The Reform Party would prefer to increase the value-added tax to generate an additional €400 million by 2025, while Eesti 200 would increase property taxes and the Social Democrats would implement a progressive income tax and tax enterprises.
Reform Party leader and Prime Minister Kaja Kallas (Reform) said that the Reform Party plans to start discussing next week how to find the €400 million in tax revenue currently included in the 2025 state budget strategy as a blank line. "We have a work group on finance, which is working on it," Kaja Kallas said.
Kallas did not not specify what this tax could be. "I can't even imagine right now. My guess is that it should be a tax with the broadest possible base. If we are talking about broad-based security, for which we need this spending, then it really concerns everyone," the prime minister said.
When asked whether she would prefer this broad-based tax to be a social tax, a value-added tax, or an income tax, Prime Minister Kaja Kallas favored a VAT. She said, "VAT, but let's discuss it, everyone can contribute in this case."
Kristina Kallas, vice-chair of Eesti 200 and minister of education, said that labour and consumption taxes should not be increased under any circumstances. "The priority is still to discuss property taxes, as these are the ones that harm us the least in the present economic situation," she said. "Eesti 200 wants to start the debate on property taxes."
Lauri Läänemets, chair of the Social Democrats and interior minister, said they believe the wealthy should be taxed. "Let's not tax poverty, then new problems will emerge. Usually social concerns necessitate reinvestment of state budget funds," he said.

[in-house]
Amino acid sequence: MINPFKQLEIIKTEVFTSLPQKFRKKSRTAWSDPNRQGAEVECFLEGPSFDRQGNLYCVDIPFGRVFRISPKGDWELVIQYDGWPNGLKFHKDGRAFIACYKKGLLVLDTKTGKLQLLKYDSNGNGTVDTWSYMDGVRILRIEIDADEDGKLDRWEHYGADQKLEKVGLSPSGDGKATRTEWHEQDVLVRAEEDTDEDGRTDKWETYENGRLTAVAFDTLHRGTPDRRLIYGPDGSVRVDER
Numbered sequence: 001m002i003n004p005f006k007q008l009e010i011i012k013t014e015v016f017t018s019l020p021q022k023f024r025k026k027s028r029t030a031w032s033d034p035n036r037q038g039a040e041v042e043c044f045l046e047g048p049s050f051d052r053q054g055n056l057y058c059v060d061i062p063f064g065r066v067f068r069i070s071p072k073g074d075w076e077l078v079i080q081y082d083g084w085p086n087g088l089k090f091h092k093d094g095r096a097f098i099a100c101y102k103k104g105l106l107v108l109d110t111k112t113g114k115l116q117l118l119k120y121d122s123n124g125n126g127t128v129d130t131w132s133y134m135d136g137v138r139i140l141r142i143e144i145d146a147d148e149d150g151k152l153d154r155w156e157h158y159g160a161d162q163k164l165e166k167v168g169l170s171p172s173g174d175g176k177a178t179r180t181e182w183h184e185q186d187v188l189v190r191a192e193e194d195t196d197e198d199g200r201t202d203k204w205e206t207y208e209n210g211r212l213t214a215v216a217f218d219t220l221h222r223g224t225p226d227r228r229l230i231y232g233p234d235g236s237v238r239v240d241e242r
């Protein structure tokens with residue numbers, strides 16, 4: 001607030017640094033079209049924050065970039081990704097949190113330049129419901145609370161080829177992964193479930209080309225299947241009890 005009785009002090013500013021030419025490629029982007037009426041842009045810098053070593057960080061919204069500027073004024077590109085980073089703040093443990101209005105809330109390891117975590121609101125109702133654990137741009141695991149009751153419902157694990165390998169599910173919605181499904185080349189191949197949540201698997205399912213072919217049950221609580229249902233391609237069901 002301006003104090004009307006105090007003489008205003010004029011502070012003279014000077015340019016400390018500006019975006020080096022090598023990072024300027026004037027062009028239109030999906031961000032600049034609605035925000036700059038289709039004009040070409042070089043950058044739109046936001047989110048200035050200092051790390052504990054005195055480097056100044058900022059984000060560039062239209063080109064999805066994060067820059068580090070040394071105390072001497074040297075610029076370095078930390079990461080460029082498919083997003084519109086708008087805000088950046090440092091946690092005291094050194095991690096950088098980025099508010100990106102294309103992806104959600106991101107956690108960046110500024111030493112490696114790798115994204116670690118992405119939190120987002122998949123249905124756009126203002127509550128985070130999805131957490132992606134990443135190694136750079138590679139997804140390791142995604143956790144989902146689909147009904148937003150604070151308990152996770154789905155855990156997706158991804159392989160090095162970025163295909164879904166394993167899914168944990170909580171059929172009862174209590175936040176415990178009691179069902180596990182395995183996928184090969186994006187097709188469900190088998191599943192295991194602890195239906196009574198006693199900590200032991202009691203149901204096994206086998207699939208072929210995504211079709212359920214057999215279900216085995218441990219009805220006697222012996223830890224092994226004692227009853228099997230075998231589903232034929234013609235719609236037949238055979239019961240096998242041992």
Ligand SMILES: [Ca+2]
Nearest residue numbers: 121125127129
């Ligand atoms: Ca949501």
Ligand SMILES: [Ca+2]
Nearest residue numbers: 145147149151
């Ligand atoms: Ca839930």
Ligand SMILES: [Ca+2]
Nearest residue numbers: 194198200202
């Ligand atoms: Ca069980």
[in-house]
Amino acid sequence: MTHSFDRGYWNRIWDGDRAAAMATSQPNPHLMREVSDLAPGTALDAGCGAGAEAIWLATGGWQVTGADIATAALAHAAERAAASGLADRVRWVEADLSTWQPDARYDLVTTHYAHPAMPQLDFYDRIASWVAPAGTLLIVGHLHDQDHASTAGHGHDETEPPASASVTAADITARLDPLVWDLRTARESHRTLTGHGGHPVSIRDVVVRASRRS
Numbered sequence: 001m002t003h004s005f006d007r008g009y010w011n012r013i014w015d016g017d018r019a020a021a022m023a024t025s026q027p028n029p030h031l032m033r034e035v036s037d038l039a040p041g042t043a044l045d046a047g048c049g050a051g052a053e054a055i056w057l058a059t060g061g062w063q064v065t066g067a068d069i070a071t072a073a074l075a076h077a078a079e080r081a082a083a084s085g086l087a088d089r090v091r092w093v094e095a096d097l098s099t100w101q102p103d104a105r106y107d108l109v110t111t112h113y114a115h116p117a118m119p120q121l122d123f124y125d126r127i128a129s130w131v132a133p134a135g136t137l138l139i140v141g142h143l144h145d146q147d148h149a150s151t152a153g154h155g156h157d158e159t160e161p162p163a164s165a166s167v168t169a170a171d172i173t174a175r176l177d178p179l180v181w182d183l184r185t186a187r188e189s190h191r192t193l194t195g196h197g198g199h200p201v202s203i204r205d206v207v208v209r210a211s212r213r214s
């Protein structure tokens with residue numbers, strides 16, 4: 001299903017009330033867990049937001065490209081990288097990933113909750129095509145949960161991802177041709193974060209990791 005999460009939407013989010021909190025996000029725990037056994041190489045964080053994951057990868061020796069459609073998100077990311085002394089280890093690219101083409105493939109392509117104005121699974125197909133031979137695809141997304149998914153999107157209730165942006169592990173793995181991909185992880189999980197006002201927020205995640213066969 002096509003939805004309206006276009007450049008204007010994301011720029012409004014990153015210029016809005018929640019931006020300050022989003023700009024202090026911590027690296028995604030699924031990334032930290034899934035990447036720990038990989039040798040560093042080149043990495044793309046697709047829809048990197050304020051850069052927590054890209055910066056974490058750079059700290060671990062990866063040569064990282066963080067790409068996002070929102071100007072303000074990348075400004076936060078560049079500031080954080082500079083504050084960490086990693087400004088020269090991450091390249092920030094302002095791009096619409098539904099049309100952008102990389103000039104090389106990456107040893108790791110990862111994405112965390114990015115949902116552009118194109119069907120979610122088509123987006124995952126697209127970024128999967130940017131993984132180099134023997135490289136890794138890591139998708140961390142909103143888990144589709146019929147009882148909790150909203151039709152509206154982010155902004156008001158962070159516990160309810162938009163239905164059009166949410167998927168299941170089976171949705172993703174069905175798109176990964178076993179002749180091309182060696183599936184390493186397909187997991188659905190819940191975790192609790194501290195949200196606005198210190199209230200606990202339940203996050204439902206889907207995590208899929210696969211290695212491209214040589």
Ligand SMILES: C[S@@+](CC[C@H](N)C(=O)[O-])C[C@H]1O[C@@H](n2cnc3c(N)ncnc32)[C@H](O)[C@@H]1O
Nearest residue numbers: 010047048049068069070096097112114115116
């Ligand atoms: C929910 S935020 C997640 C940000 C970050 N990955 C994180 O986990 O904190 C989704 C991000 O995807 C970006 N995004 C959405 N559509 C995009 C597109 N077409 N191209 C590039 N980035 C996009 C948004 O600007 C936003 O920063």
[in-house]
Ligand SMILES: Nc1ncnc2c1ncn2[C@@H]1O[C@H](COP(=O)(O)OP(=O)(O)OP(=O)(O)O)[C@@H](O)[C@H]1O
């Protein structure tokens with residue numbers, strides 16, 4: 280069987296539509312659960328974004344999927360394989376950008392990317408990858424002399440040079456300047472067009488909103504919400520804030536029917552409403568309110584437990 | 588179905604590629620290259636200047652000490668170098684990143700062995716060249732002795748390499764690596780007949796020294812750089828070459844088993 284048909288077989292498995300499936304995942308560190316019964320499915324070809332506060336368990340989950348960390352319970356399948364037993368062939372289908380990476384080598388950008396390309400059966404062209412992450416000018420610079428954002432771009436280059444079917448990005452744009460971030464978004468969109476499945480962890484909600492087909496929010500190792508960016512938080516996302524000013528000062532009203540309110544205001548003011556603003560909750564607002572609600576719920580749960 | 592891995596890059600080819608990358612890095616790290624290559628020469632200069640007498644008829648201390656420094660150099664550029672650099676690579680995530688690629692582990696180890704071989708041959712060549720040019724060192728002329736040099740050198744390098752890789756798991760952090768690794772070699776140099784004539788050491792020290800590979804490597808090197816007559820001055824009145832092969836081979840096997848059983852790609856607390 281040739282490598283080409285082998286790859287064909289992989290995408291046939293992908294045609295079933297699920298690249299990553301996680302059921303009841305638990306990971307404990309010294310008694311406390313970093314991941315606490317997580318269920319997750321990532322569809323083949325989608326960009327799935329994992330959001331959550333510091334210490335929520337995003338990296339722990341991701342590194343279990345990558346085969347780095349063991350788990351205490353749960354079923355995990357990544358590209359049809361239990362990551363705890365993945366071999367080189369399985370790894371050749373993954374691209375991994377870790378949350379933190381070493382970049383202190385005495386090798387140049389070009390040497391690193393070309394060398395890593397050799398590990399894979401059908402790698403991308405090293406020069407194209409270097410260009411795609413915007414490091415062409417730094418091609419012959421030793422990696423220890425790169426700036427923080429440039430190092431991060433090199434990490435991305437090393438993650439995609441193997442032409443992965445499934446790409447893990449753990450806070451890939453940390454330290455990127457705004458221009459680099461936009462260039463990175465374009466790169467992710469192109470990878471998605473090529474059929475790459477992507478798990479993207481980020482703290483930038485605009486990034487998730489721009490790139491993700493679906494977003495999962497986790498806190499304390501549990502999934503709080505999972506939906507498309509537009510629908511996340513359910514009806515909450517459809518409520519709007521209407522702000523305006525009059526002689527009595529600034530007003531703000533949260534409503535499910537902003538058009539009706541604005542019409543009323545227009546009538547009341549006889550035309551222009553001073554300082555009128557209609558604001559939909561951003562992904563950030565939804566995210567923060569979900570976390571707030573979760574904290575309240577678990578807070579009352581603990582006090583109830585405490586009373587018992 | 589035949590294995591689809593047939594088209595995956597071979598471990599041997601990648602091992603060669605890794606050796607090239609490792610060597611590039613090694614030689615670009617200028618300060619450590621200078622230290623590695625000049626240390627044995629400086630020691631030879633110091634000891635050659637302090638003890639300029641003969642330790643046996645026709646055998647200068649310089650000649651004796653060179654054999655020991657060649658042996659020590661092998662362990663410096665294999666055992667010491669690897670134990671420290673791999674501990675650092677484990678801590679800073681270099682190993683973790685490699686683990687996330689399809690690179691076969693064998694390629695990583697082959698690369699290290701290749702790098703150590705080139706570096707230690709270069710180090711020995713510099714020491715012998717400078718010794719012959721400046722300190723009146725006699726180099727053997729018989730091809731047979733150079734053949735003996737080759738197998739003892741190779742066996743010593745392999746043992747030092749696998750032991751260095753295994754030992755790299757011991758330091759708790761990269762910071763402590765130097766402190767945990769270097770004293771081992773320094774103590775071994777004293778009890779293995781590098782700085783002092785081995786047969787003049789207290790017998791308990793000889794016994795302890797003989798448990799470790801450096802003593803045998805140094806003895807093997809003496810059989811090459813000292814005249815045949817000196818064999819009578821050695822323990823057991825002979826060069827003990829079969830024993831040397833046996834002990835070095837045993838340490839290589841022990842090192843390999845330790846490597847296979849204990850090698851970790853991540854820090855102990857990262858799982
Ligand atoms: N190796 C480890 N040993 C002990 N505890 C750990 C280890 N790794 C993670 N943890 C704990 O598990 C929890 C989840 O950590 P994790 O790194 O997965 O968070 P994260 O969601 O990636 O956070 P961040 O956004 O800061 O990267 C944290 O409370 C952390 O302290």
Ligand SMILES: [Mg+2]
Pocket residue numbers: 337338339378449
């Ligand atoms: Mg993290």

"We should be taxing wealth, so the progressive income tax, and secondly, in addition to the individual, companies should also contribute with taxes, and I think that the Estonian economy and companies are actually at the level where they are able to contribute a few percent. If we change the tax system, there could be some small or growth-phase companies that should not be taxed," Läänemets said.
The Minister of Finance Mart Võrklaev (Reform) said that he thought that asset-based and environmental taxation also deserved consideration. In Võrklaev's view, larger commercial buildings in Estonia could be taxed according to their energy class and CO2 emissions.
In its state budget strategy for 2025, the government planned for €150 million in unannounced cuts and €400 million in tax increases that it has been unable to identify. The prime minister has rationalized the situation by stating that she wants to broaden the tax debate and invite participation from all interested parties.
€400 million is about one percent of Estonia's GDP for the coming year. €400 million in annual tax revenue would mean an extra payment of about €40 per month for each person of working age living in Estonia, or about €480 per year.
VAT is a regressive tax, i.e. poorer households pay a higher proportion of their income in VAT than richer households.
Wealth taxes, progressive income taxes, and corporate taxes affect wealthy households because poorer families typically have fewer assets and lower incomes.
Editor: Huko Aaspõllu, Kristina Kersa